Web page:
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The latest announcement of a data breach affecting more than one billion Yahoo accounts over three years after the fact raises even more troubling questions about how the breach was able to take place, especially after a breach of at least 500,000 accounts in 2014, and why it took so long to discover and announce. Although it failed its responsibility to protect its users, Yahoo has an opportunity to provide the most consumer friendly response to likely the largest breach of its kind by alerting its users to the benefits of credit freezes and offering to pay for credit freezes with all three major national credit bureaus.
The types of stolen information, which appear to include names, emails addresses, telephone numbers, dates of birth, passwords, and in some cases, encrypted or unencrypted security questions and answers, do not appear to be the types of information that can directly be used to commit existing or new account identity theft.
However, the information stolen in this breach could be used to “phish” or gather additional information that can be used to access existing credit accounts or create new credit accounts. Everybody, whether they have a Yahoo account or not, should be on the lookout for suspicious emails asking for verification of or submission of even more personal information.
It is imperative that Yahoo’s response to this breach not fall through the cracks as its acquisition by Verizon Communications is finalized. We agree with Yahoo in recommending its users change passwords and security questions they might have reused for other online accounts and be on the lookout for suspicious activity on other online accounts.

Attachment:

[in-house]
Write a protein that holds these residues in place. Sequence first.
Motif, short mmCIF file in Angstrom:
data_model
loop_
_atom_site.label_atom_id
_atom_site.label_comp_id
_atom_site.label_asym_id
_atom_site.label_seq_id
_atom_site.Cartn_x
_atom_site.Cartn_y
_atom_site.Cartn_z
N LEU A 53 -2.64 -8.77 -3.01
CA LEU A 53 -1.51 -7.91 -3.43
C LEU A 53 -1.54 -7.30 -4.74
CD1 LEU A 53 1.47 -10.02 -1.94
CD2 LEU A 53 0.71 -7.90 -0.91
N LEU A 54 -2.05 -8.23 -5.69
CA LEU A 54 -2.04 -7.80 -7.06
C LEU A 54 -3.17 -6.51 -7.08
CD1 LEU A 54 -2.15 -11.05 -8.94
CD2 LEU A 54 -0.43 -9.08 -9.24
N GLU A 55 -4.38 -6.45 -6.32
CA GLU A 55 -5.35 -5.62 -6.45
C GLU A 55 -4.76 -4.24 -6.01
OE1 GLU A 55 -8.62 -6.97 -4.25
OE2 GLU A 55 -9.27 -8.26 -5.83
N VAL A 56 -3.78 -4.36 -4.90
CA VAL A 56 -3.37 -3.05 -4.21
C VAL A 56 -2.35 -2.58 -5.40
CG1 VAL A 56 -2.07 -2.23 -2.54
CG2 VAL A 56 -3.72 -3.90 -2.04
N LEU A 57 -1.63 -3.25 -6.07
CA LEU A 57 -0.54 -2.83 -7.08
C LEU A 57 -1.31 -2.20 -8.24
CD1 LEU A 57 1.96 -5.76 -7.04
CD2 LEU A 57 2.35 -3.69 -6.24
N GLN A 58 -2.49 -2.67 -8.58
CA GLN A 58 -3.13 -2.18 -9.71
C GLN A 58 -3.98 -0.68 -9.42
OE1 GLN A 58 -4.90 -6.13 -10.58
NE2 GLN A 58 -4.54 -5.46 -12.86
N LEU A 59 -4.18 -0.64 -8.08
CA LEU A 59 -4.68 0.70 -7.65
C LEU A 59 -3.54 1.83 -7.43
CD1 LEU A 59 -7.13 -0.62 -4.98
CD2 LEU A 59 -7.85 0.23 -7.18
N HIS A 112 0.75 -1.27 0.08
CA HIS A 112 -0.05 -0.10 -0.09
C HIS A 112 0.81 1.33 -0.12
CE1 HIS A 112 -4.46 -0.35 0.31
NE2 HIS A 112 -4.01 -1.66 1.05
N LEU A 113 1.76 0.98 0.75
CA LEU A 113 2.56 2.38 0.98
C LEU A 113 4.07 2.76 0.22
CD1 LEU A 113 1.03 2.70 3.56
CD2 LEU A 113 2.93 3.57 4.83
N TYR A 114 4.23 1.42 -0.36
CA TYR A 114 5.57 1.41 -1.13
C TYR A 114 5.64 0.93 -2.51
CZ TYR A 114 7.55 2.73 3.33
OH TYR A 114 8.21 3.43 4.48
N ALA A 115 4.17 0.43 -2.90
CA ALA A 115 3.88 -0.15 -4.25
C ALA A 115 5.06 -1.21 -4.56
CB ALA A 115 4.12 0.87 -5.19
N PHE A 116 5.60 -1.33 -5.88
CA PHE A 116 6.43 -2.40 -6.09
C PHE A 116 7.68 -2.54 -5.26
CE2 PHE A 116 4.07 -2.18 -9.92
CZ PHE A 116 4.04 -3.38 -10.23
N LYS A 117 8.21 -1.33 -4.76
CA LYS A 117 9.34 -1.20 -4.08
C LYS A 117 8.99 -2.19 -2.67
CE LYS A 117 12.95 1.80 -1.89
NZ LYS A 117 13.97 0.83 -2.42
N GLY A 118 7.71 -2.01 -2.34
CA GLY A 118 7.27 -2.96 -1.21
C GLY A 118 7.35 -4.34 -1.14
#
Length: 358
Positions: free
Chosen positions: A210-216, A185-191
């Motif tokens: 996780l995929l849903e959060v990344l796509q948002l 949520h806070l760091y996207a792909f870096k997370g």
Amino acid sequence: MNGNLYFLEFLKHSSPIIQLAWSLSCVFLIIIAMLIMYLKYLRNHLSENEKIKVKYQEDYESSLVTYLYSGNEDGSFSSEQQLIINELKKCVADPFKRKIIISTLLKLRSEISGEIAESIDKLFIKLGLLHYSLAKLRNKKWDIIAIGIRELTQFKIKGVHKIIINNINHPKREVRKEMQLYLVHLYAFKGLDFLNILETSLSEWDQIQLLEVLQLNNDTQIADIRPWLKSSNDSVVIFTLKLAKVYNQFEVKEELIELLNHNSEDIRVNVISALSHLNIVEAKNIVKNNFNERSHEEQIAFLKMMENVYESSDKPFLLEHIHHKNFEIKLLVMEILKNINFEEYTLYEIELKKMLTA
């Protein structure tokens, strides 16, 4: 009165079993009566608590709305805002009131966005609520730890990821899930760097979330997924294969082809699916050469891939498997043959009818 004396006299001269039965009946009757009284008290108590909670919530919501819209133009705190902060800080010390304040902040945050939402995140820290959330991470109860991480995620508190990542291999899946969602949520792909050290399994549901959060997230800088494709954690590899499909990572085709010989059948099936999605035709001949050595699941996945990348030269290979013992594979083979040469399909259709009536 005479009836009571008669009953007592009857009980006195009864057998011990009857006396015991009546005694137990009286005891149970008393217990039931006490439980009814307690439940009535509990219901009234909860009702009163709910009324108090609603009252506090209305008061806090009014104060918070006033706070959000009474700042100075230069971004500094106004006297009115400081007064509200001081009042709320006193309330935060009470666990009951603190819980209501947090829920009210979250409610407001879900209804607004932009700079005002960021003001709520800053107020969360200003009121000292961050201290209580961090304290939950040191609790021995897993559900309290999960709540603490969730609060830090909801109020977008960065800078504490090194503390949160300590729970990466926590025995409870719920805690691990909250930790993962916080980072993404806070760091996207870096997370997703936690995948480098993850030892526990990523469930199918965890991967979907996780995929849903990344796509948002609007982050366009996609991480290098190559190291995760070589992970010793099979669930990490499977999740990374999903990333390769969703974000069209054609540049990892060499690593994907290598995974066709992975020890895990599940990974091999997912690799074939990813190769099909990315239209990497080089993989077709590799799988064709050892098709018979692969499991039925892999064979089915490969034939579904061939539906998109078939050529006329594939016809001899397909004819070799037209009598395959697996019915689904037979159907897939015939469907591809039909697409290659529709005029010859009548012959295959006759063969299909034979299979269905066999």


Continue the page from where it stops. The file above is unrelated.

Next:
Yahoo should also alert its users to the benefits of credit freezes and offer to pay for credit freezes with all three major national credit bureaus. Such a response would be the most consumer friendly response to a major data breach and would be a huge advancement for identify theft prevention in our country. Due to huge marketing pushes by credit monitoring services that only alert consumers to fraud after the fact, most Americans are not aware that they can actually prevent id thieves from opening new credit accounts in their names in the first place by placing freezes on their credit accounts at all three national credit bureaus. Credit freezes help prevent new account identity theft because they keep potential creditors from seeing consumer credit history, without which new accounts are typically not opened.
In the 2016 session of the Maryland General Assembly, Senator Lee and Delegate Waldstreicher introduced legislation to provide free credit freeze's to security breach vicitms. Maryland Attorney General Brian Fosh supported the bill.Just as Maryland was among the first states, in the 1990s, to provide free access to credit reports, it should also provide more consumers more free access to credit freezes as the bill would provide to security breach victims (identity theft victims already can obtain free freezes).
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